People with cancer could benefit from new immunotherapies being introduced to the market more quickly and at a lower cost. It would also be valuable to be able to predict which patients benefit from treatments. Heidi Haikala and her research group at the University of Helsinki aim to solve these problems.
The innovation developed by SOLID-IO team is a drug testing platform based on tumor-on-a-chip technology, a technology that is used more and more in preclinical research around the world. In Solid-IO, the patient's own cancer cells and immune system are built inside a small platform resembling a computer microchip, which allows the efficacy of various drugs to be tested. The technology can help pharmaceutical companies to determine the best target groups for new immunotherapies being developed.
“We would be able to report to them that a drug works, for example, in some subtypes of lung cancer,” says Haikala.
The team's commercialisation expert Lassi Viitala points out that there are thousands of immuno-oncological drugs under development and it can cost billions to put even one to the market. Initial results suggest that SOLID-IO could accelerate this process. The patent application filed in the summer of 2023 is specifically based on the team being able to test and grow cells faster and more accurately than has been done traditionally.
“It should substantially cut costs for pharmaceutical companies and potentially end up reducing the immuno-oncology drug prices,” says Viitala.
Speed also opens the door for the technology to be introduced into hospitals later as a tool for treatment planning. This would enable the testing of patient samples and the prediction of the effectiveness of specific cancer treatments.
“If a pharmaceutical agent has strong adverse effects and is ineffective for this particular patient based on our test, we could immediately say that it is maybe not worth administering,” Haikala clarifies.
SOLID-IO has been created by an interdisciplinary team including specialists in translational medicine, molecular biology, and bioinformatics as well as medical doctors. One of the developers of the innovation is Ilkka Ilonen, Chief Physician at Helsinki University Hospital (HUS), and cooperation with HUS is crucial in general. The hospital provides the team with tissue and blood samples from cancer patients who have agreed to participate in scientific research.
SOLID-IO received Research to Business funding in preparation for commercialisation at the beginning of 2023. The team will first target the market for preclinical drug testing, where, according to Viitala, it could replace other, weaker oncological models. There is great commercial potential already in this.
“An InsightAce Analytic report estimates that the market for models of preclinical oncology was $1.2 billion in 2022,” says Viitala.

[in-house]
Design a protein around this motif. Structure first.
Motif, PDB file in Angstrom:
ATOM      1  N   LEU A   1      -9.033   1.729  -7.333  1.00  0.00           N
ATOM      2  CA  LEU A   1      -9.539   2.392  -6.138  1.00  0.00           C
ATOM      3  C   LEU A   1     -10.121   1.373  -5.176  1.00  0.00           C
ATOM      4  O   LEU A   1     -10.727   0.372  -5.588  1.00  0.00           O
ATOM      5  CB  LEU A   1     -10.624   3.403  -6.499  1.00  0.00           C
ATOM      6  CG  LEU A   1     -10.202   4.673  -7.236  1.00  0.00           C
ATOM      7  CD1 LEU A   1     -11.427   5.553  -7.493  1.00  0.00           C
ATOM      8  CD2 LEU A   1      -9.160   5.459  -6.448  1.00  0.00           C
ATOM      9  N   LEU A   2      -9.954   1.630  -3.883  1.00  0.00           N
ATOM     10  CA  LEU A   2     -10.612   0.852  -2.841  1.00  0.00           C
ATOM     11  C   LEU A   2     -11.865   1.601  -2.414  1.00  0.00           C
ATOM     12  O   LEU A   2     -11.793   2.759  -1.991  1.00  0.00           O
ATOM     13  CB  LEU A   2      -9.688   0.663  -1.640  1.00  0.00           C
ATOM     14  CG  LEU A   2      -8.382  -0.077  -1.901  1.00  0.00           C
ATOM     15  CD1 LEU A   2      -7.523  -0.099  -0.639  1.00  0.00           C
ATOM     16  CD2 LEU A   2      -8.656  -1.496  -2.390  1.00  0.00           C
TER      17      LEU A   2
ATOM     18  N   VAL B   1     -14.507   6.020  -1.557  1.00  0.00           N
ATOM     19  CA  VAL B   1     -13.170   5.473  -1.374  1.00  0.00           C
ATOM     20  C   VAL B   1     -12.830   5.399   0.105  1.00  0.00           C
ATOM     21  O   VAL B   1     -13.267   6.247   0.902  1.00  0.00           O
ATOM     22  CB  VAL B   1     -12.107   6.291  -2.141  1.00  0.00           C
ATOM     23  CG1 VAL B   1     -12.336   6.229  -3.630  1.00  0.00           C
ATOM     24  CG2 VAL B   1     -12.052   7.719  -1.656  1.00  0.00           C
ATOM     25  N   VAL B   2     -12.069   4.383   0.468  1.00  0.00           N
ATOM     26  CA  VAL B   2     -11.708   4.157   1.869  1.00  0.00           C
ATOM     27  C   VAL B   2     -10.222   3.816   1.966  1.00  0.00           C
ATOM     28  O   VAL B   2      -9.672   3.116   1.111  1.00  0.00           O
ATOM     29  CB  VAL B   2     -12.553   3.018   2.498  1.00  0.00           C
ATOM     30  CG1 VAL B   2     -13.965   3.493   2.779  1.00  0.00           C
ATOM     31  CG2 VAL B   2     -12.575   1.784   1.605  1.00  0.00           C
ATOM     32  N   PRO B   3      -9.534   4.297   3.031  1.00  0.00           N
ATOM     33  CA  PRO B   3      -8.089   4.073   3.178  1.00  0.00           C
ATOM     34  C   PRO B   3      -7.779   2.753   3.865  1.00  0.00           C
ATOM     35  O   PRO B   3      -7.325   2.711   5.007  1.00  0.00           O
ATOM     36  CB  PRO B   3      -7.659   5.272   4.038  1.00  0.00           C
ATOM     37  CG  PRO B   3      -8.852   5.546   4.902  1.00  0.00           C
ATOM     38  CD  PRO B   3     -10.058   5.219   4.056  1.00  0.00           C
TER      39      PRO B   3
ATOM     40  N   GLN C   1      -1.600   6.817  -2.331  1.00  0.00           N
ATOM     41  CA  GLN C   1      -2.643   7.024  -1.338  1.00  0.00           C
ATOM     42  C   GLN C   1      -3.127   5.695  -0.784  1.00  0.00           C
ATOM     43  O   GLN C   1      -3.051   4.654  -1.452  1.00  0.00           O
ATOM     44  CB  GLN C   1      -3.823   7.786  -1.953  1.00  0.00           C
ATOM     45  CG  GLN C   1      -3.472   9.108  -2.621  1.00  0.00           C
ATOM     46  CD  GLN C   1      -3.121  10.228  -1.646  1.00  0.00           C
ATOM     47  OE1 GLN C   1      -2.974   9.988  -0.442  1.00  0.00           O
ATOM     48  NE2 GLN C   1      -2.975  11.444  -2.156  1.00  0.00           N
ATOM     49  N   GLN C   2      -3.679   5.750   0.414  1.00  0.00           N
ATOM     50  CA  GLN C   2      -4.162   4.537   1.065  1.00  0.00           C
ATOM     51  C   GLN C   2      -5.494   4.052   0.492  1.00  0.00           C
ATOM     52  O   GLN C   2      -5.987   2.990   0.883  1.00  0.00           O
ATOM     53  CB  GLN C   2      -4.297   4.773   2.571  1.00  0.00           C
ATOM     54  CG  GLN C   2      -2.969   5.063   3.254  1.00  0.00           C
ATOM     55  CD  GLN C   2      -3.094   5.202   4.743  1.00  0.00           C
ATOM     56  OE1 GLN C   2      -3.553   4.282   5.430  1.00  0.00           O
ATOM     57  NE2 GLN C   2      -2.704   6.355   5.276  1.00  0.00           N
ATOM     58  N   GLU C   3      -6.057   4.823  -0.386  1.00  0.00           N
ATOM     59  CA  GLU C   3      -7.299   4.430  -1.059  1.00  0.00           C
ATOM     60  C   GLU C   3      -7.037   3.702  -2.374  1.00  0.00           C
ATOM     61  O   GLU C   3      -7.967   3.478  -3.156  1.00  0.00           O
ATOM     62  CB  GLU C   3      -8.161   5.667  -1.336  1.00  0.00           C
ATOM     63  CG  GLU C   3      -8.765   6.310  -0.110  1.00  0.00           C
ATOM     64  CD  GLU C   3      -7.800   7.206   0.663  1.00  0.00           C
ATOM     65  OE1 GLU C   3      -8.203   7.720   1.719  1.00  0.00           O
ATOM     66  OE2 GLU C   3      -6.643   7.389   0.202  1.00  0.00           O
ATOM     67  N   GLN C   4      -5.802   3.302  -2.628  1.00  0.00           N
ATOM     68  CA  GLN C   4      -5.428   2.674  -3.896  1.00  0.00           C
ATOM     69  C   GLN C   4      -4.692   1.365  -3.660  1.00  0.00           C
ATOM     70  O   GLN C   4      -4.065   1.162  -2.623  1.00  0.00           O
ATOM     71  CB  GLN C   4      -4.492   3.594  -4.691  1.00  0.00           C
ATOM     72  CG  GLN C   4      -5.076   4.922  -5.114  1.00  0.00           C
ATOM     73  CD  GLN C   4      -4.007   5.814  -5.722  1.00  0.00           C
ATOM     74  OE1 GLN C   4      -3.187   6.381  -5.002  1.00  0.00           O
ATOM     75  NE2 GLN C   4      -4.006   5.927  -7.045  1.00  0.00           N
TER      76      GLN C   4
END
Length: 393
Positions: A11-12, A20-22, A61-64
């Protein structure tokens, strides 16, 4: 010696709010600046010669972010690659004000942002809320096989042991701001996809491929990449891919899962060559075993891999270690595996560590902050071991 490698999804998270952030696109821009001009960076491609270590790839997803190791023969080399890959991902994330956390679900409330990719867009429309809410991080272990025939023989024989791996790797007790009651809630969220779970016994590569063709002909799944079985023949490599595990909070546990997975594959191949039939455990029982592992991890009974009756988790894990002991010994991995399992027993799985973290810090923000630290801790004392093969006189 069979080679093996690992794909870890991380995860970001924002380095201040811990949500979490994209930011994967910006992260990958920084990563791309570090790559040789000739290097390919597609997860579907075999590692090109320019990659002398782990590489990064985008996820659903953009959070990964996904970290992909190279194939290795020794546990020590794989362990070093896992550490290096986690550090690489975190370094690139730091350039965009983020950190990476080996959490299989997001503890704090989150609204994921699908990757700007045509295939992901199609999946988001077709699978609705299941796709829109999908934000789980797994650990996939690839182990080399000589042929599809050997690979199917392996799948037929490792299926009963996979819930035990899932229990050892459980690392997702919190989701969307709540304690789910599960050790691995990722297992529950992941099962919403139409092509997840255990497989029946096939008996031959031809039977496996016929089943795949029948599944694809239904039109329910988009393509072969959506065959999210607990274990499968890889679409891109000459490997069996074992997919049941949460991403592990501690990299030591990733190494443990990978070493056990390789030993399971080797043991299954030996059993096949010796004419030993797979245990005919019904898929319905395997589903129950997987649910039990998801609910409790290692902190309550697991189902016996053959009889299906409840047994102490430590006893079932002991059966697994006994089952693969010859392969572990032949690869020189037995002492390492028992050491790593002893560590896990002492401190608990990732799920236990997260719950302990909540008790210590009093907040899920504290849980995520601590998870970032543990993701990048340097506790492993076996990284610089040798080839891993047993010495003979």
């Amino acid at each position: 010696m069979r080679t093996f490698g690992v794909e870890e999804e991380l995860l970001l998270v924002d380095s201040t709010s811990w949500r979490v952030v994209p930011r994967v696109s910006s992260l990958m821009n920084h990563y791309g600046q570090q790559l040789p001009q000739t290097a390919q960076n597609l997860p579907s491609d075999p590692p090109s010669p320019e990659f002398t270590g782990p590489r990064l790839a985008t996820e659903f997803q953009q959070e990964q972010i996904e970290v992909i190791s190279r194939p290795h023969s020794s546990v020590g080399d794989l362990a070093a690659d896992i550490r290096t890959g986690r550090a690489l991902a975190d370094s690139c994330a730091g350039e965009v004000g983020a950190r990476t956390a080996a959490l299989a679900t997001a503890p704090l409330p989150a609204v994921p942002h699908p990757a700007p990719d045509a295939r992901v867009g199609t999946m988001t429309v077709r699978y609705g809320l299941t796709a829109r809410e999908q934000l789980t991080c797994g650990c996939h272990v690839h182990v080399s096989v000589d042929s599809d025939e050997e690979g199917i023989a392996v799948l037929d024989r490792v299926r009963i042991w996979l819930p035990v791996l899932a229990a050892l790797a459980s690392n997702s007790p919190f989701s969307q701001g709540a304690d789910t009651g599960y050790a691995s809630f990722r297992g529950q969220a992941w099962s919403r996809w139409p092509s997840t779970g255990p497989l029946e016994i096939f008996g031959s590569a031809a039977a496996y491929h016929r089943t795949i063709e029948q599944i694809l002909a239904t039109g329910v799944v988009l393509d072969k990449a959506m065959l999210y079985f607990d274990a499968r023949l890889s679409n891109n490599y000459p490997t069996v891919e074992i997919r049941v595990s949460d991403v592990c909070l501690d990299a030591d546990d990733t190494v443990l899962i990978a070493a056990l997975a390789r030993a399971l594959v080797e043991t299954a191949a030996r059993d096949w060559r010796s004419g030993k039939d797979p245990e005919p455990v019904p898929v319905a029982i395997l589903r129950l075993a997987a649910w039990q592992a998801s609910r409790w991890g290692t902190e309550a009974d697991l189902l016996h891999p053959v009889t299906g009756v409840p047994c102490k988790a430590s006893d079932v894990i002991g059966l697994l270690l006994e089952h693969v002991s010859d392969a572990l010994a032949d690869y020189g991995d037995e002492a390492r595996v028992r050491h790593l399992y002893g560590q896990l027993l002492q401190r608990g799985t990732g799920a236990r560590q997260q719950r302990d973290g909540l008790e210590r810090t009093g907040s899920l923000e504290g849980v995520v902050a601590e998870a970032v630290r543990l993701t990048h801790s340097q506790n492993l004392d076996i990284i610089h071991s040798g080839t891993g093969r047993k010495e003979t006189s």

SOLID-IO will initially test its technology for lung cancer, which causes the most cancer deaths. Haikala estimates that the technology could be applied also to other solid tumours and even more extensively.
“We have opportunities to start modelling other diseases of the immune system as well.”
During the two-year commercialisation funding period, the team will validate its technology and crystallise its business model. The most likely option is to establish a contract research company that will provide testing services to pharmaceutical companies. Later, when entering the diagnostic world, a test for hospitals and clinics could be launched.
“It would facilitate sample logistics and enable faster scaling of product-oriented business,” Viitala describes.
In addition to the European market, SOLID-IO is aiming at the US market, where the customers would be pharmaceutical companies, private clinics, and hospitals. The team is looking for investors who are familiar with the market and who understand health and deep tech. According to Viitala, commercialisation is off to such a good start that a spinout company may be launched already before the end of the R2B project.
“We already have potential, interested customers.”
Immunotherapies can be revolutionary treatments for some cancer patients. However, immune system is unique to each person, which makes it difficult to predict the effectiveness of treatments. Immunotherapies are also very expensive and slow to make available to patients.
SOLID-IO is developing an individual drug testing platform that can be used to build the patient's own mini-tumor and immune defence inside a chip. This could accelerate the development of immunotherapies and make immuno-oncological (IO) drugs more affordable. The technology could also be used to personalise treatments for cancer patients.
The initial goal is to establish a contract research company that sells services to pharmaceutical and biotech companies. The next step could be to collaborate with a larger contract research organisation and eventually, for example, perform diagnostics for hospitals and clinics.
SOLID-IO is looking for investors with good networks in the United States who know both pharmaceutical companies and the clinical environment. The team is also happy to discuss with any company developing immuno-oncological drugs. Cooperation with university hospitals and clinics will also be important in the future.